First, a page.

Well, believe it or not, I have found some sort of renewed energy for my novel. Yes, that's right. My novel. I had a pretty amazing revelation recently about the main character that has given me the ability to go back through page by page from start to finish (something I admit I used to love doing when finalizing a short story, but have never managed with my novel), so that's hopeful. There are a bunch of agenty people who have the previously final version and are reading it, so with any luck, I can replace their dusty old copies with the new one. (Will it never end?)
     Also: I was at a party last night and overheard someone talking about being at Mardi Gras a few years ago and seeing a woman wearing a skirt made out of literary rejections.  I love that idea.  Why haven't we thought of this before, mice?  A whole new line of clothing for sale! Rejection Dresses! LROD Skorts! Literary Culottes. Anyway, have a good weekend, everybody.

Wednesday, May 12, 2010

When Bad Books Happen to Good Readers and Good Writers

Bad Books? 40 of them with an interesting commentary about what "bad is" (i.e., an overrated "good" book, poorly written, terrible authorial outlook). Favorite quote from the article:  "One mark of a great writer must be the willingness to write a bad book." And here's more on bad writing.  It appears to be today's theme.

Tuesday, May 11, 2010

2010 GAK Winner--Bill Shapiro's Book Available Today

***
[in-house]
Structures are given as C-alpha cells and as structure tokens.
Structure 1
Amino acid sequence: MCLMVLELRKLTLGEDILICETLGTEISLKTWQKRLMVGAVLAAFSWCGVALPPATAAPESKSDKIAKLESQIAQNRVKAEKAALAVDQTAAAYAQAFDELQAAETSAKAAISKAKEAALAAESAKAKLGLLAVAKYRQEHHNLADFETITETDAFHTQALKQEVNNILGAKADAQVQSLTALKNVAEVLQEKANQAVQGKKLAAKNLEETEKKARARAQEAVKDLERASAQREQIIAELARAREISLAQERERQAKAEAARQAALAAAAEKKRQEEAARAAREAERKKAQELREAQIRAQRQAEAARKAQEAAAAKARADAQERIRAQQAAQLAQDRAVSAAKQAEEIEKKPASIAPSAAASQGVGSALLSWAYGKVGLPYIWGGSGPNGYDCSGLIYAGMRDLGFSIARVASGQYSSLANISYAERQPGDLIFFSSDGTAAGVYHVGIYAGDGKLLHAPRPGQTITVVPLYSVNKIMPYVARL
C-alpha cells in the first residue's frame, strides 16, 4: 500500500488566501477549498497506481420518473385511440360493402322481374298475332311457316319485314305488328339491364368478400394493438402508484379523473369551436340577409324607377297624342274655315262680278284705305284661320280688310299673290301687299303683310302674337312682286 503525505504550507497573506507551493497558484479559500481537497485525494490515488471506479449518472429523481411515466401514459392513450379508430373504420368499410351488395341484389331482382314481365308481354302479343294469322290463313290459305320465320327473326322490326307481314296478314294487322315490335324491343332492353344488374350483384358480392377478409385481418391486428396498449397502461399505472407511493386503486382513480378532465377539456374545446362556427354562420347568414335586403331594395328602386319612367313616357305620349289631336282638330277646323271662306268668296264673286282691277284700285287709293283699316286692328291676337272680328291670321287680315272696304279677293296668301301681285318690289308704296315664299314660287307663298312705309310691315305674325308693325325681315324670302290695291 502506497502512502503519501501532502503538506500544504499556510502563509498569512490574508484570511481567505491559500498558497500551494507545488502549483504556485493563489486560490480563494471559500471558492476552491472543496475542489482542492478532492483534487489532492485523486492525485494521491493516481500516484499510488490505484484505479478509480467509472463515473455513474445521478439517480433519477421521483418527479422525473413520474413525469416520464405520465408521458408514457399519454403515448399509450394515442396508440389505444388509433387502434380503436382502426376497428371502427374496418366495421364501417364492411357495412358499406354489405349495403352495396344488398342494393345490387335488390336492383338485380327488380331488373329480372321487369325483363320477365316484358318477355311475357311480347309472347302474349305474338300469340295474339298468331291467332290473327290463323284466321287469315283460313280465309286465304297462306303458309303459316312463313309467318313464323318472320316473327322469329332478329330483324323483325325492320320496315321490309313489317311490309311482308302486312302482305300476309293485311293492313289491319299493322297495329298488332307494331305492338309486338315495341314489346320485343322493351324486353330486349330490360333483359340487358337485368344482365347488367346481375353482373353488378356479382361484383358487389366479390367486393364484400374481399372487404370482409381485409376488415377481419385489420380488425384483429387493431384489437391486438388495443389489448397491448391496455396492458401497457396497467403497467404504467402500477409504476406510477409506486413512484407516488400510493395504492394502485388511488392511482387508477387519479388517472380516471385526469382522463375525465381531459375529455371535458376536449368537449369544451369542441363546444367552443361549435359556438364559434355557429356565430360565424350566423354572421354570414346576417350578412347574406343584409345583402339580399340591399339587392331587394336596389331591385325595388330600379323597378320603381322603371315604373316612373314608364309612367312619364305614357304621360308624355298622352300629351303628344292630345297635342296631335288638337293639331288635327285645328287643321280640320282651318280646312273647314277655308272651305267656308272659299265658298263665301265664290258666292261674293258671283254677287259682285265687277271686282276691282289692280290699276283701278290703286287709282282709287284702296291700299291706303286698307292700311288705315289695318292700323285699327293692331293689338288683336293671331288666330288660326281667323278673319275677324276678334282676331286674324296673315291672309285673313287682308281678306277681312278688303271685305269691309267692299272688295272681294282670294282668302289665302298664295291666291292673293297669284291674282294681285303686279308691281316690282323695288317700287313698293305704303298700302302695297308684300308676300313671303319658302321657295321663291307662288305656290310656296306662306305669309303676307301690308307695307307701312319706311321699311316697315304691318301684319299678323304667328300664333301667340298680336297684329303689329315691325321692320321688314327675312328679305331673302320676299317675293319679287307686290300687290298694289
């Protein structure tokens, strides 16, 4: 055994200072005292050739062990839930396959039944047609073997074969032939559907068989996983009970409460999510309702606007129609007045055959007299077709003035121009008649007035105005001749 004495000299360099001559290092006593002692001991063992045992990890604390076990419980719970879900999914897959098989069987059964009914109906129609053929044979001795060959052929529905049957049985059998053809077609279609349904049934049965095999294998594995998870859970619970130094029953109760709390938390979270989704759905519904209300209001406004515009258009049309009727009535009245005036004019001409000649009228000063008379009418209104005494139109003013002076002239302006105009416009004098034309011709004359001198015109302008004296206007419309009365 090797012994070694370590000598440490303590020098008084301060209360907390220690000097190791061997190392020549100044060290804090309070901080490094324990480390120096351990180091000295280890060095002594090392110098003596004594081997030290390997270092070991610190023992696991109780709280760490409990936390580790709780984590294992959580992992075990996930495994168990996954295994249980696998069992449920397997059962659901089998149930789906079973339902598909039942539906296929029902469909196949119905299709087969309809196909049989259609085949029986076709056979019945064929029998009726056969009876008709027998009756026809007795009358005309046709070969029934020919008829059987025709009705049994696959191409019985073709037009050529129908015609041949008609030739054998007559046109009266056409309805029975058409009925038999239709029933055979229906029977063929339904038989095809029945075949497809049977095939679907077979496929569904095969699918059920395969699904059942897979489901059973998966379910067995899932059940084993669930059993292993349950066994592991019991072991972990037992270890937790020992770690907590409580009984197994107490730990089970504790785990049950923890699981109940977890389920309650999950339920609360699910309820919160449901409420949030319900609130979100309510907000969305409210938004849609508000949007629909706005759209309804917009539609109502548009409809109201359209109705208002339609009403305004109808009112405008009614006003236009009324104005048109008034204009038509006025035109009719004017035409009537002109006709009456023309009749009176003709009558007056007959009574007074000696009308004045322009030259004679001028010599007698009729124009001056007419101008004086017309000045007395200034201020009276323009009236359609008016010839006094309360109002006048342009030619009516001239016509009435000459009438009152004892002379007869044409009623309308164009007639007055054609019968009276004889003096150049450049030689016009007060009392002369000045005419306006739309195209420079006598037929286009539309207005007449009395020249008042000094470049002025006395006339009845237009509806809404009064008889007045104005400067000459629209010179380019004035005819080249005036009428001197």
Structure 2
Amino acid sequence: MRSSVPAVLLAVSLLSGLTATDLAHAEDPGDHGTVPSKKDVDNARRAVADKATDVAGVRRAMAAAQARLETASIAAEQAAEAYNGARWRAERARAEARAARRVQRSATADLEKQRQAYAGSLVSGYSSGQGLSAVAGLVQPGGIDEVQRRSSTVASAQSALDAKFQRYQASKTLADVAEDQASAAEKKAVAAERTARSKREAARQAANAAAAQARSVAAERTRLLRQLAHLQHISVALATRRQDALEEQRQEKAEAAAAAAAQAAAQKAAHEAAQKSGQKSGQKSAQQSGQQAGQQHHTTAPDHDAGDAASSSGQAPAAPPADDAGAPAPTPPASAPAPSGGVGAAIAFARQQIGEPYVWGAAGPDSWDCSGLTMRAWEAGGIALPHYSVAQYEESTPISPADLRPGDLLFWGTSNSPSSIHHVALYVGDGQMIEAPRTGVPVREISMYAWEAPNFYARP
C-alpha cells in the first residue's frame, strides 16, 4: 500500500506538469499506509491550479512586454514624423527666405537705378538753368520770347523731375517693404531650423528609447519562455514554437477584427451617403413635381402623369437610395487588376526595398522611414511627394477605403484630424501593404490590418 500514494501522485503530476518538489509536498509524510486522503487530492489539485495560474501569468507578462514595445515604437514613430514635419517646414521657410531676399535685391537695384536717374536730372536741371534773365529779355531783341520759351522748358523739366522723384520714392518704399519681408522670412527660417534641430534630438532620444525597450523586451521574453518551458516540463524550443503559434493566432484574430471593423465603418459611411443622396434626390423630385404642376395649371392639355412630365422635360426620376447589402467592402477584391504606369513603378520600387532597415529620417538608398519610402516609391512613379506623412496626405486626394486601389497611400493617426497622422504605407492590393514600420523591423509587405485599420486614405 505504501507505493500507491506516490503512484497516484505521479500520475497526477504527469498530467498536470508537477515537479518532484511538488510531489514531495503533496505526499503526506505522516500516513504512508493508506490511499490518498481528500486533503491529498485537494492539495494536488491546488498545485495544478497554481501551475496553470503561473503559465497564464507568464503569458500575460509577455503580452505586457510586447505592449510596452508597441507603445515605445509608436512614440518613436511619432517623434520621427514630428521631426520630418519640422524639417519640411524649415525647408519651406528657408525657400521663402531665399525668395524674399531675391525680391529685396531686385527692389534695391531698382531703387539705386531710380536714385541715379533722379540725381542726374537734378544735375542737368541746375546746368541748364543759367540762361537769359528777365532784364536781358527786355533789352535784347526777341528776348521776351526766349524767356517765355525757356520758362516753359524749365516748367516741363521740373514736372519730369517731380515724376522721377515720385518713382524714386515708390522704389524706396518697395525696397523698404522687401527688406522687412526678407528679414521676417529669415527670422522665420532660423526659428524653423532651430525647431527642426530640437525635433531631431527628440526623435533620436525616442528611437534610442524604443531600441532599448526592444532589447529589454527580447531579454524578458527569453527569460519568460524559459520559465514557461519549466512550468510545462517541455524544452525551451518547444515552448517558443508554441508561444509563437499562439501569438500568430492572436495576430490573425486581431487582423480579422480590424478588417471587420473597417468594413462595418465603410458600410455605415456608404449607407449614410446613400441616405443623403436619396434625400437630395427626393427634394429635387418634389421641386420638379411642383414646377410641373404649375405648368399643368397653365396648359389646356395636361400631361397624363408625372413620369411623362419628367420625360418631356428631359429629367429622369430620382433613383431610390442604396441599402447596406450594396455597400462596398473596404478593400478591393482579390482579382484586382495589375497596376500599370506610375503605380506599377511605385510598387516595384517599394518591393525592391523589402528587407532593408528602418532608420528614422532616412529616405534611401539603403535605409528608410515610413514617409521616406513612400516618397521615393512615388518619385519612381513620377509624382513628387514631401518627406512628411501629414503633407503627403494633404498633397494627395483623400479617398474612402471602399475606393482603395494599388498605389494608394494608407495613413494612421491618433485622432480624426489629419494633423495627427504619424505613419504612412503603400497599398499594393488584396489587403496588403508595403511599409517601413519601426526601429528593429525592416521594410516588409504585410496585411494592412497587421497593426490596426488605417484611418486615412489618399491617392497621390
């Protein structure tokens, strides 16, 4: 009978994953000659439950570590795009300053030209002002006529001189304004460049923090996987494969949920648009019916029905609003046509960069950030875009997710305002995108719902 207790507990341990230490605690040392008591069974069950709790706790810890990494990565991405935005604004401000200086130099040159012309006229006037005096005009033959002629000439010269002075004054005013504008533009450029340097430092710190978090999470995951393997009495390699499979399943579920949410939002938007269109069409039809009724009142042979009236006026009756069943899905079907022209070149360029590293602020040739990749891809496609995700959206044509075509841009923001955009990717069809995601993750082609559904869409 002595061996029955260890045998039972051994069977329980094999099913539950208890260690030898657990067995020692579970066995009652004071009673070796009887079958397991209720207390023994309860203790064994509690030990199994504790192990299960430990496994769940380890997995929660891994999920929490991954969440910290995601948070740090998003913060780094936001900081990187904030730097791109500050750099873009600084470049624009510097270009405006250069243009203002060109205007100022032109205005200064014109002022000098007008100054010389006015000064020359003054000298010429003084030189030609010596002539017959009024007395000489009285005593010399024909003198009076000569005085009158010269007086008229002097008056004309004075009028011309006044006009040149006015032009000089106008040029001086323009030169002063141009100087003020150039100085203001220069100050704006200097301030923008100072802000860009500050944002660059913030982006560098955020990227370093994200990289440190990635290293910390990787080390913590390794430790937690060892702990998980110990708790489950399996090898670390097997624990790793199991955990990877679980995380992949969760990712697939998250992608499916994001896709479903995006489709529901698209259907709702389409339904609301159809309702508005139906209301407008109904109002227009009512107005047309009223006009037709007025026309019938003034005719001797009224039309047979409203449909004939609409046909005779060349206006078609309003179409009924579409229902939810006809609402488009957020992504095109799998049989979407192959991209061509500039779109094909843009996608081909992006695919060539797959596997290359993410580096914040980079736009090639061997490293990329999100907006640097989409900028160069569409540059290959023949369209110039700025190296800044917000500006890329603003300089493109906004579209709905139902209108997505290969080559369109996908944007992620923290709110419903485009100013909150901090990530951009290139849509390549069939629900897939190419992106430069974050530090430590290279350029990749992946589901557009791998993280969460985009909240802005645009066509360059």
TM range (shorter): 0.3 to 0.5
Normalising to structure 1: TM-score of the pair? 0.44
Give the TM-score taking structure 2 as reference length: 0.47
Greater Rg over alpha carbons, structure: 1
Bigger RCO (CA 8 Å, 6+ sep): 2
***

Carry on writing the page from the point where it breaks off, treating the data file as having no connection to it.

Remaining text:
Had a little chat with this year's GAK winner, Bill Shapiro, whose book, Other's People Rejection Letters, is available for purchase today.  Why not buy a copy as a present for your favorite reject.  Me? I already have my copy and hope to get it signed by the GAK-er soon.  Here's what Bill had to say:

1) What inspired you to take up a book on rejection?
I had done a similar collection a couple of years back called Other People’s Love Letters which was full of, among other things, very intimate, very brave moments. After that book was done, I went through it and really studied the letters that moved me the most; turns out that many of them involved rejection. But actually, I didn’t know how much I needed to do this book for myself—to really think about taking chances and risking rejection--until I was deep into it. That’s how the process works sometimes: You trust your instinct and move ahead….and figure out the “why I did this” later.

2) When did you start working on the book? About two-and-half years ago, although, like I say, some of the work and consideration came about while I was working on the love letter book, and that was published in late 2007.

3) How long did it take to get all those rejections? What was your methodology for acquiring said rejections? I started by asking my friends and then friends of friends. But what you find with rejection letters is that people don’t keep them like they keep their old love letters. No one has a shoebox of rejection letters stashed under the bed. So it took a lot of digging. I also wanted to get a mix of people and experiences into this book. So I hired reporters in different parts of the country. That worked very well. There are literary rejections in the book, yes, but I’ve taken a very broad definition of rejections—rejectors include parents, lovers, museums, the US army, presidents, DNA testing firms, the Mormon Church, Walter Cronkite, a Saudi king, Edward Abbey, and on and on.